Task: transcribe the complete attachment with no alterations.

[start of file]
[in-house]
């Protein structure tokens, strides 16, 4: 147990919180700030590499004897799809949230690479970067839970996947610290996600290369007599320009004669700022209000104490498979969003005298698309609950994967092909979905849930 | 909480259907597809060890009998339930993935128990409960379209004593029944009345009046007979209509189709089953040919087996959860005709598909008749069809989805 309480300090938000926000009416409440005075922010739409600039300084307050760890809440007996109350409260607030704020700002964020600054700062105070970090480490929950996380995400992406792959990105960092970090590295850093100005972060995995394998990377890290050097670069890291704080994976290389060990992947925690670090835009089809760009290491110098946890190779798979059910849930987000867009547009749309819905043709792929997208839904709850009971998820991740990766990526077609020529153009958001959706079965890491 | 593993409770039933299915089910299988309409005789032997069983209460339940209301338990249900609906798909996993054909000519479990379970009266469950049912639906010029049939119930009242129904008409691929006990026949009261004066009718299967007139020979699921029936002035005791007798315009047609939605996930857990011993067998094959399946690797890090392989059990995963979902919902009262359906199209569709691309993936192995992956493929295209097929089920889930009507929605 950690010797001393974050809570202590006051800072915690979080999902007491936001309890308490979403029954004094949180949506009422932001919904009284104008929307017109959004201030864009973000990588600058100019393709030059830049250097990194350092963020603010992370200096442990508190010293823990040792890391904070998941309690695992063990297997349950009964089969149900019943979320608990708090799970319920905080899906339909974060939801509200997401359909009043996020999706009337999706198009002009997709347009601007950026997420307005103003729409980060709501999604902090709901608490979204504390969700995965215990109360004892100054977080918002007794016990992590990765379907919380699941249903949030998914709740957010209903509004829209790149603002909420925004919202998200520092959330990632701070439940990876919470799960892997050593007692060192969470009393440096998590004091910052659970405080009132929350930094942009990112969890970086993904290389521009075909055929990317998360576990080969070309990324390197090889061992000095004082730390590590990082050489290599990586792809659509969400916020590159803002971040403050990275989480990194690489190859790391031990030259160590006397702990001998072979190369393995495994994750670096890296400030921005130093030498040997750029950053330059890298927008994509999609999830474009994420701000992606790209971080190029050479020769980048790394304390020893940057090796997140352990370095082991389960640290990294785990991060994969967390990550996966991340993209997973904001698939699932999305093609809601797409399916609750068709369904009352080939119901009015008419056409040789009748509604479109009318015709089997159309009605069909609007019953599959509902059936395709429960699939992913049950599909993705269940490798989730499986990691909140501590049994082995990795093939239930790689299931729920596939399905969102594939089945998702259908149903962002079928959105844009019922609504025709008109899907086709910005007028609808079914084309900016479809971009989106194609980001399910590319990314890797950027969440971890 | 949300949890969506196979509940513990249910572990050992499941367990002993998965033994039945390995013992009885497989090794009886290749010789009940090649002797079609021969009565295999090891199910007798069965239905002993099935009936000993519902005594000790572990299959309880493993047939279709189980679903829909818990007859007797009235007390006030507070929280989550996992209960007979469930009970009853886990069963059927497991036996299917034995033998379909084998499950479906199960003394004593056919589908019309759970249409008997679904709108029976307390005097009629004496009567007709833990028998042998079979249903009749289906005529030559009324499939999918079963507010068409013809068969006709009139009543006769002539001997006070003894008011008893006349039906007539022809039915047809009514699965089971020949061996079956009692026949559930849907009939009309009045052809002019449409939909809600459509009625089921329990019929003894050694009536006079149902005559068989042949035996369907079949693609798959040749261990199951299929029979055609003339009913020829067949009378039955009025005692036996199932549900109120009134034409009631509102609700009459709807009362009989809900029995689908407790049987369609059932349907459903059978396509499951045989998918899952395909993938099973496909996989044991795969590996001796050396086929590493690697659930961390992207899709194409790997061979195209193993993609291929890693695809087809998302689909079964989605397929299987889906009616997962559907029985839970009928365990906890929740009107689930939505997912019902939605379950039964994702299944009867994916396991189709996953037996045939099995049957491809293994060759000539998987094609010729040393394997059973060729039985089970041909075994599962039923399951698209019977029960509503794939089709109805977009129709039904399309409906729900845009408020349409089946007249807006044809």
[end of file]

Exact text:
[in-house]
């Protein structure tokens, strides 16, 4: 147990919180700030590499004897799809949230690479970067839970996947610290996600290369007599320009004669700022209000104490498979969003005298698309609950994967092909979905849930 | 909480259907597809060890009998339930993935128990409960379209004593029944009345009046007979209509189709089953040919087996959860005709598909008749069809989805 309480300090938000926000009416409440005075922010739409600039300084307050760890809440007996109350409260607030704020700002964020600054700062105070970090480490929950996380995400992406792959990105960092970090590295850093100005972060995995394998990377890290050097670069890291704080994976290389060990992947925690670090835009089809760009290491110098946890190779798979059910849930987000867009547009749309819905043709792929997208839904709850009971998820991740990766990526077609020529153009958001959706079965890491 | 593993409770039933299915089910299988309409005789032997069983209460339940209301338990249900609906798909996993054909000519479990379970009266469950049912639906010029049939119930009242129904008409691929006990026949009261004066009718299967007139020979699921029936002035005791007798315009047609939605996930857990011993067998094959399946690797890090392989059990995963979902919902009262359906199209569709691309993936192995992956493929295209097929089920889930009507929605 950690010797001393974050809570202590006051800072915690979080999902007491936001309890308490979403029954004094949180949506009422932001919904009284104008929307017109959004201030864009973000990588600058100019393709030059830049250097990194350092963020603010992370200096442990508190010293823990040792890391904070998941309690695992063990297997349950009964089969149900019943979320608990708090799970319920905080899906339909974060939801509200997401359909009043996020999706009337999706198009002009997709347009601007950026997420307005103003729409980060709501999604902090709901608490979204504390969700995965215990109360004892100054977080918002007794016990992590990765379907919380699941249903949030998914709740957010209903509004829209790149603002909420925004919202998200520092959330990632701070439940990876919470799960892997050593007692060192969470009393440096998590004091910052659970405080009132929350930094942009990112969890970086993904290389521009075909055929990317998360576990080969070309990324390197090889061992000095004082730390590590990082050489290599990586792809659509969400916020590159803002971040403050990275989480990194690489190859790391031990030259160590006397702990001998072979190369393995495994994750670096890296400030921005130093030498040997750029950053330059890298927008994509999609999830474009994420701000992606790209971080190029050479020769980048790394304390020893940057090796997140352990370095082991389960640290990294785990991060994969967390990550996966991340993209997973904001698939699932999305093609809601797409399916609750068709369904009352080939119901009015008419056409040789009748509604479109009318015709089997159309009605069909609007019953599959509902059936395709429960699939992913049950599909993705269940490798989730499986990691909140501590049994082995990795093939239930790689299931729920596939399905969102594939089945998702259908149903962002079928959105844009019922609504025709008109899907086709910005007028609808079914084309900016479809971009989106194609980001399910590319990314890797950027969440971890 | 949300949890969506196979509940513990249910572990050992499941367990002993998965033994039945390995013992009885497989090794009886290749010789009940090649002797079609021969009565295999090891199910007798069965239905002993099935009936000993519902005594000790572990299959309880493993047939279709189980679903829909818990007859007797009235007390006030507070929280989550996992209960007979469930009970009853886990069963059927497991036996299917034995033998379909084998499950479906199960003394004593056919589908019309759970249409008997679904709108029976307390005097009629004496009567007709833990028998042998079979249903009749289906005529030559009324499939999918079963507010068409013809068969006709009139009543006769002539001997006070003894008011008893006349039906007539022809039915047809009514699965089971020949061996079956009692026949559930849907009939009309009045052809002019449409939909809600459509009625089921329990019929003894050694009536006079149902005559068989042949035996369907079949693609798959040749261990199951299929029979055609003339009913020829067949009378039955009025005692036996199932549900109120009134034409009631509102609700009459709807009362009989809900029995689908407790049987369609059932349907459903059978396509499951045989998918899952395909993938099973496909996989044991795969590996001796050396086929590493690697659930961390992207899709194409790997061979195209193993993609291929890693695809087809998302689909079964989605397929299987889906009616997962559907029985839970009928365990906890929740009107689930939505997912019902939605379950039964994702299944009867994916396991189709996953037996045939099995049957491809293994060759000539998987094609010729040393394997059973060729039985089970041909075994599962039923399951698209019977029960509503794939089709109805977009129709039904399309409906729900845009408020349409089946007249807006044809």